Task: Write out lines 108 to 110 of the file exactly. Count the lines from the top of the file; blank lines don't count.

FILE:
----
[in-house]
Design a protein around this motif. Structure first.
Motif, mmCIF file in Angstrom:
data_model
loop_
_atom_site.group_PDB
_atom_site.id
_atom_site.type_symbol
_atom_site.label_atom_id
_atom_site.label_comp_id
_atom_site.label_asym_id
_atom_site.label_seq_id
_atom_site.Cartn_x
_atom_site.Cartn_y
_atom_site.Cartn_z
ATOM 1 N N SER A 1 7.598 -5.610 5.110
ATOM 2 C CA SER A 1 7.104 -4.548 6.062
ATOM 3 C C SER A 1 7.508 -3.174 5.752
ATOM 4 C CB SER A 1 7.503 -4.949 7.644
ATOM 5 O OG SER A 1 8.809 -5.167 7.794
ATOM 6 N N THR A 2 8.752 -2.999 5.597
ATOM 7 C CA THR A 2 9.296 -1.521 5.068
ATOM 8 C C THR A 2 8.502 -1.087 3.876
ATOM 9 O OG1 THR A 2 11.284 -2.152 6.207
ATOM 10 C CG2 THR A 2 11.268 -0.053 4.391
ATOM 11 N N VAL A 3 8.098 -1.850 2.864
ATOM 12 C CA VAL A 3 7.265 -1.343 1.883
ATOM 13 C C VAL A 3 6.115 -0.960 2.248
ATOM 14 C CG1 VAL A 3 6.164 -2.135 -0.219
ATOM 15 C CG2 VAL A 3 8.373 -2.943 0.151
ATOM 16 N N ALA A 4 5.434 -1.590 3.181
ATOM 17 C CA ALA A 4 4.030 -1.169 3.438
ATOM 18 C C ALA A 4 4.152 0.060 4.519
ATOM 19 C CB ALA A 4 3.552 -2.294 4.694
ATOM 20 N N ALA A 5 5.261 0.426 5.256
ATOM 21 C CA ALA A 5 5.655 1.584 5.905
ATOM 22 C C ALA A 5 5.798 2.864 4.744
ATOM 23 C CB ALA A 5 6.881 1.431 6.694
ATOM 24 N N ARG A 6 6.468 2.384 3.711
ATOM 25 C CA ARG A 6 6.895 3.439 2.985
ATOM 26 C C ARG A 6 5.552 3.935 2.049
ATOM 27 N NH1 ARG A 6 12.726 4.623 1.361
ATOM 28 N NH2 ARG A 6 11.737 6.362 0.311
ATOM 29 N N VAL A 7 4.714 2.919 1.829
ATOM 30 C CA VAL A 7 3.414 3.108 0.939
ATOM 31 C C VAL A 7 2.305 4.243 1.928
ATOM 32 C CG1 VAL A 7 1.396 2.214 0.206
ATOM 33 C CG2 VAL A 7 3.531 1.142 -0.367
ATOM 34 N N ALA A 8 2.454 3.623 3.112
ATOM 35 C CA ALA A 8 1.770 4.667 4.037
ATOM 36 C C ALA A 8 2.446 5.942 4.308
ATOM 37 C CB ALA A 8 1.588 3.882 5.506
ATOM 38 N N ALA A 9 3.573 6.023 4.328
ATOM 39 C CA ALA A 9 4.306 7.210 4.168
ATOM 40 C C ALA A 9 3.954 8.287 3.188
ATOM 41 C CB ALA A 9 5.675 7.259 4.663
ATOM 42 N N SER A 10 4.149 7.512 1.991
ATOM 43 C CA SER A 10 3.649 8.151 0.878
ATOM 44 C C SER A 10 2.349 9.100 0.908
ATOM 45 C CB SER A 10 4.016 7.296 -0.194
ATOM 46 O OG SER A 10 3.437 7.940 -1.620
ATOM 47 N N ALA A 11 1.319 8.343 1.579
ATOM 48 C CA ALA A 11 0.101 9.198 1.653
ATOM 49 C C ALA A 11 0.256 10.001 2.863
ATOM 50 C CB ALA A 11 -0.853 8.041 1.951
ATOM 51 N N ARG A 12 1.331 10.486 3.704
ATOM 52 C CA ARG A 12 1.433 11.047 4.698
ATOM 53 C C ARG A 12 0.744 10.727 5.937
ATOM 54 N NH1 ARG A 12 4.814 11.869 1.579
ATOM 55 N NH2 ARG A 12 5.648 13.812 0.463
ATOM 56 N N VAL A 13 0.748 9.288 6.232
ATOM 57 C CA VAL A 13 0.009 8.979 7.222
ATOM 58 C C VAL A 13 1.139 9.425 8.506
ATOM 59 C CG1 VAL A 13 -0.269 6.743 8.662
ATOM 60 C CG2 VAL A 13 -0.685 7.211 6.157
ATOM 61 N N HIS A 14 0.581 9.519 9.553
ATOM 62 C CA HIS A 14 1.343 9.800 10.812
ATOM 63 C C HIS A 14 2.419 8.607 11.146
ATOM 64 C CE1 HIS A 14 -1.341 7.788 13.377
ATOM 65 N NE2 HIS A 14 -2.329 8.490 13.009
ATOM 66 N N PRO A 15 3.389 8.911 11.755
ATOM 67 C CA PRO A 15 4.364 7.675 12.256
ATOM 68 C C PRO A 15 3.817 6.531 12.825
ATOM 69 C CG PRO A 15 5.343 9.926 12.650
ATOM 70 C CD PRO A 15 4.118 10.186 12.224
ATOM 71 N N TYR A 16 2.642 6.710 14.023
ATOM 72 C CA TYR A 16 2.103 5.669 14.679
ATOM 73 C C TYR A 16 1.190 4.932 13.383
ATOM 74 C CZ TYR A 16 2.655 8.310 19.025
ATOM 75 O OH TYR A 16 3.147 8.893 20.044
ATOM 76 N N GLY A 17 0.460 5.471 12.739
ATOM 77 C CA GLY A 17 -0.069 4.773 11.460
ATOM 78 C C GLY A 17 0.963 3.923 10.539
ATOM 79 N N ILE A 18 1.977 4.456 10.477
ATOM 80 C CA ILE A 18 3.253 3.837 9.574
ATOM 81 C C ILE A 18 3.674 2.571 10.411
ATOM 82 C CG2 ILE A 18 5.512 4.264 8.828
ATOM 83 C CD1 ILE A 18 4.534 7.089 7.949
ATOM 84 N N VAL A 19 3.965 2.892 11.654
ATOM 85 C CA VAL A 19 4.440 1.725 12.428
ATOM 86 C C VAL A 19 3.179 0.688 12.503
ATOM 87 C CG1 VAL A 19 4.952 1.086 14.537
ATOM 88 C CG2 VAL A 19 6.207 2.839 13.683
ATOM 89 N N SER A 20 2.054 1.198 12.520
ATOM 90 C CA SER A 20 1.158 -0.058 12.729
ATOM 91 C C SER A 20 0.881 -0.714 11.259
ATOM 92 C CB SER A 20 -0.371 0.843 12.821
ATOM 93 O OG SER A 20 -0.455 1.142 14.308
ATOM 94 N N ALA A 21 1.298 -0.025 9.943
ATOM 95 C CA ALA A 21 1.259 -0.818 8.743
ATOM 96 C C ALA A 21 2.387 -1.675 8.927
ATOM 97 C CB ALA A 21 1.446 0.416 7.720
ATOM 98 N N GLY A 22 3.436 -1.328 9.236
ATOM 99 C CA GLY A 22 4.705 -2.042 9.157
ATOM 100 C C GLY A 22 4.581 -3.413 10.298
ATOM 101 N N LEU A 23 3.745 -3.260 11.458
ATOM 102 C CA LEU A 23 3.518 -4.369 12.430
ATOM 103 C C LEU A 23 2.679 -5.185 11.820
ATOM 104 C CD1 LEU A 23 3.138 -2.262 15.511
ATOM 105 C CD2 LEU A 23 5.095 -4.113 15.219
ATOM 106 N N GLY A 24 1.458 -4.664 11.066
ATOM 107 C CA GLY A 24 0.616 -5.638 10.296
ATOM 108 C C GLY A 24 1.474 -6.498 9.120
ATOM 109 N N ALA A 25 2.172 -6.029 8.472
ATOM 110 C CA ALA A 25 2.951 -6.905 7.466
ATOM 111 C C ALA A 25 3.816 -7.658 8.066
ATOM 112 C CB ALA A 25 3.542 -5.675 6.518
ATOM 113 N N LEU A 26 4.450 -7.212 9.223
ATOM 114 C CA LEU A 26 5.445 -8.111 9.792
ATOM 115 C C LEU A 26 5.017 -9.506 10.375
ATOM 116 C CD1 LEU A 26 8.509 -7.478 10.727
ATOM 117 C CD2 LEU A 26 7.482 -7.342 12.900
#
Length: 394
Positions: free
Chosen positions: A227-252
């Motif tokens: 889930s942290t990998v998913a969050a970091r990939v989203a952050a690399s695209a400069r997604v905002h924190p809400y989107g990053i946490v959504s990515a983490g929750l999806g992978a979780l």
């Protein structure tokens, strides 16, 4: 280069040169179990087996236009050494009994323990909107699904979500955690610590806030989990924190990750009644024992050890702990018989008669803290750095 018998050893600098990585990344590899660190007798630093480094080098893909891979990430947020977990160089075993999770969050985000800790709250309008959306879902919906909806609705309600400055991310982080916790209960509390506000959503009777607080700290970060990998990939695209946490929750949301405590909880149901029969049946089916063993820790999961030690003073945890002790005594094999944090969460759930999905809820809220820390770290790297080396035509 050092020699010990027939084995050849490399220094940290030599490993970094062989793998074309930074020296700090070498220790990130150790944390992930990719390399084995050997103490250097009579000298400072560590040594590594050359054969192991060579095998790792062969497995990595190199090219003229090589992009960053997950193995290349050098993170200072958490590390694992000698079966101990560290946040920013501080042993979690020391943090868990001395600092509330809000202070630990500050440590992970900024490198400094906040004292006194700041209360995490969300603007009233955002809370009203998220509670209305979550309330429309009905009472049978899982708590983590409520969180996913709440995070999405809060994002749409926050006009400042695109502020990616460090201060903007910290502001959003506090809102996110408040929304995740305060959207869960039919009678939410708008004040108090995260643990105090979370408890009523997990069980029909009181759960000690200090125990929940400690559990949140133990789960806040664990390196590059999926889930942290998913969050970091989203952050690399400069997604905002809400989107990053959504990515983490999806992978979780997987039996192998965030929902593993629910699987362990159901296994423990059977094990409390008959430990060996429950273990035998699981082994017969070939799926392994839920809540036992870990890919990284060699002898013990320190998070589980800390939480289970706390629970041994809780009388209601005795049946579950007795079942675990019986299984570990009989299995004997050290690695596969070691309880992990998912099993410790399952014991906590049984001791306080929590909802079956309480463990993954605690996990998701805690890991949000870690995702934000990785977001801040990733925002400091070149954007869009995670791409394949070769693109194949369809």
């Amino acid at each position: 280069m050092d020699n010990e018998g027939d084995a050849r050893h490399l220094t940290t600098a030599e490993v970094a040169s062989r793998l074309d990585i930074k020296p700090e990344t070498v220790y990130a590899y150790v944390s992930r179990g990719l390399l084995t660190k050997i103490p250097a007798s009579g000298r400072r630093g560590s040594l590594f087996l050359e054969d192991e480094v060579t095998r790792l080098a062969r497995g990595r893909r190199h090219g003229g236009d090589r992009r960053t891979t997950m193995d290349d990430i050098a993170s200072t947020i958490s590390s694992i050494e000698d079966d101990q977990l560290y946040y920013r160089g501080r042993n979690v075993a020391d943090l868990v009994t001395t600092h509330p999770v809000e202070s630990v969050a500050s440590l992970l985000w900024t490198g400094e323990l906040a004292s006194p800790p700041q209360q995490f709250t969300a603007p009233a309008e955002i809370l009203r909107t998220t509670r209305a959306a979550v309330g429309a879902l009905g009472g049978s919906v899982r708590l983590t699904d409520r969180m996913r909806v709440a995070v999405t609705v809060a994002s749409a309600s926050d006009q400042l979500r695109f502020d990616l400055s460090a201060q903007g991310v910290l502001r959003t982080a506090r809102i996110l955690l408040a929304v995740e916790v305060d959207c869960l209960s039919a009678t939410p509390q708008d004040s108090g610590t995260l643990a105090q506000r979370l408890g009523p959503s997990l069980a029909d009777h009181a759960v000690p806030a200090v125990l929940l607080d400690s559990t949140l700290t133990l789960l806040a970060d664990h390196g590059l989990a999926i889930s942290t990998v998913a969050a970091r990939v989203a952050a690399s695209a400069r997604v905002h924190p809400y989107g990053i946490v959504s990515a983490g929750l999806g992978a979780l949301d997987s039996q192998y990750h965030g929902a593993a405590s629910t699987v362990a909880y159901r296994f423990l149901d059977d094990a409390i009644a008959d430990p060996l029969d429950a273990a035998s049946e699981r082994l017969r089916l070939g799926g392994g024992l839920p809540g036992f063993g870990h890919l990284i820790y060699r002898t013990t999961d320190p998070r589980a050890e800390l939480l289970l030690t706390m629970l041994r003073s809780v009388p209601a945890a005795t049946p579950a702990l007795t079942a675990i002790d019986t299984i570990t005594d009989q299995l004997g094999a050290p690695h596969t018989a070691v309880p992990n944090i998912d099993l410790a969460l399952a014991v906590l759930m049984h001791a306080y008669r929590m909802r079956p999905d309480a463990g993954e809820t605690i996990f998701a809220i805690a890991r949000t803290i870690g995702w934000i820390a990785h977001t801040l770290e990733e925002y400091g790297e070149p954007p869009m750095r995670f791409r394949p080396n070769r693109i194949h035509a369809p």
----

ATOM 93 O OG SER A 20 -0.455 1.142 14.308
ATOM 94 N N ALA A 21 1.298 -0.025 9.943
ATOM 95 C CA ALA A 21 1.259 -0.818 8.743